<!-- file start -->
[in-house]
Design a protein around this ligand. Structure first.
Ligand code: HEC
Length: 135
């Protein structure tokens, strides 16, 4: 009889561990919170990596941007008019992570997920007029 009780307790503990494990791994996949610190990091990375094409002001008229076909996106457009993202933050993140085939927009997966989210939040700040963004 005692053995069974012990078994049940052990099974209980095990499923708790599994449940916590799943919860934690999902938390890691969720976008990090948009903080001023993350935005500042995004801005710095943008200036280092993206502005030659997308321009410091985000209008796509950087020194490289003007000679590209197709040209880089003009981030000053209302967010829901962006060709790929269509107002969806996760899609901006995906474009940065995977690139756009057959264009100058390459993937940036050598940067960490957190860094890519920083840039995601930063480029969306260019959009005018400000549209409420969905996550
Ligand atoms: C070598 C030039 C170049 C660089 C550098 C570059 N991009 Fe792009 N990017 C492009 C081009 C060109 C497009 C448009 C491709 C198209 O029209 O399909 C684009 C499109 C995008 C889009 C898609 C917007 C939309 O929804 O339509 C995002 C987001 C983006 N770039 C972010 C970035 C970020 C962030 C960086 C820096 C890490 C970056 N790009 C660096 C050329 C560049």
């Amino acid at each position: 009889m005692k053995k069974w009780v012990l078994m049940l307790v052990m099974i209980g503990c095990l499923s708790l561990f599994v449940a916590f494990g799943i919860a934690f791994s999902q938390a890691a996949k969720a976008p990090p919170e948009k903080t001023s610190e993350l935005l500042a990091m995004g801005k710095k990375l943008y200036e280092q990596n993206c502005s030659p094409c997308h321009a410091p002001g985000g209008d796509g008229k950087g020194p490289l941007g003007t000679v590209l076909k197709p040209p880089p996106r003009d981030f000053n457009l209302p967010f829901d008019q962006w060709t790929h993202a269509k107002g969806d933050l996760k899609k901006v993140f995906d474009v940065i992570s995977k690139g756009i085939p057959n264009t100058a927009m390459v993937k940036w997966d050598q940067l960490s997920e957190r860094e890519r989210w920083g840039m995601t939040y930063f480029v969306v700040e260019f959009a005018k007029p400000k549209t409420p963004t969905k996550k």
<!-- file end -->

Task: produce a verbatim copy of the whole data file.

[in-house]
Design a protein around this ligand. Structure first.
Ligand code: HEC
Length: 135
């Protein structure tokens, strides 16, 4: 009889561990919170990596941007008019992570997920007029 009780307790503990494990791994996949610190990091990375094409002001008229076909996106457009993202933050993140085939927009997966989210939040700040963004 005692053995069974012990078994049940052990099974209980095990499923708790599994449940916590799943919860934690999902938390890691969720976008990090948009903080001023993350935005500042995004801005710095943008200036280092993206502005030659997308321009410091985000209008796509950087020194490289003007000679590209197709040209880089003009981030000053209302967010829901962006060709790929269509107002969806996760899609901006995906474009940065995977690139756009057959264009100058390459993937940036050598940067960490957190860094890519920083840039995601930063480029969306260019959009005018400000549209409420969905996550
Ligand atoms: C070598 C030039 C170049 C660089 C550098 C570059 N991009 Fe792009 N990017 C492009 C081009 C060109 C497009 C448009 C491709 C198209 O029209 O399909 C684009 C499109 C995008 C889009 C898609 C917007 C939309 O929804 O339509 C995002 C987001 C983006 N770039 C972010 C970035 C970020 C962030 C960086 C820096 C890490 C970056 N790009 C660096 C050329 C560049």
């Amino acid at each position: 009889m005692k053995k069974w009780v012990l078994m049940l307790v052990m099974i209980g503990c095990l499923s708790l561990f599994v449940a916590f494990g799943i919860a934690f791994s999902q938390a890691a996949k969720a976008p990090p919170e948009k903080t001023s610190e993350l935005l500042a990091m995004g801005k710095k990375l943008y200036e280092q990596n993206c502005s030659p094409c997308h321009a410091p002001g985000g209008d796509g008229k950087g020194p490289l941007g003007t000679v590209l076909k197709p040209p880089p996106r003009d981030f000053n457009l209302p967010f829901d008019q962006w060709t790929h993202a269509k107002g969806d933050l996760k899609k901006v993140f995906d474009v940065i992570s995977k690139g756009i085939p057959n264009t100058a927009m390459v993937k940036w997966d050598q940067l960490s997920e957190r860094e890519r989210w920083g840039m995601t939040y930063f480029v969306v700040e260019f959009a005018k007029p400000k549209t409420p963004t969905k996550k």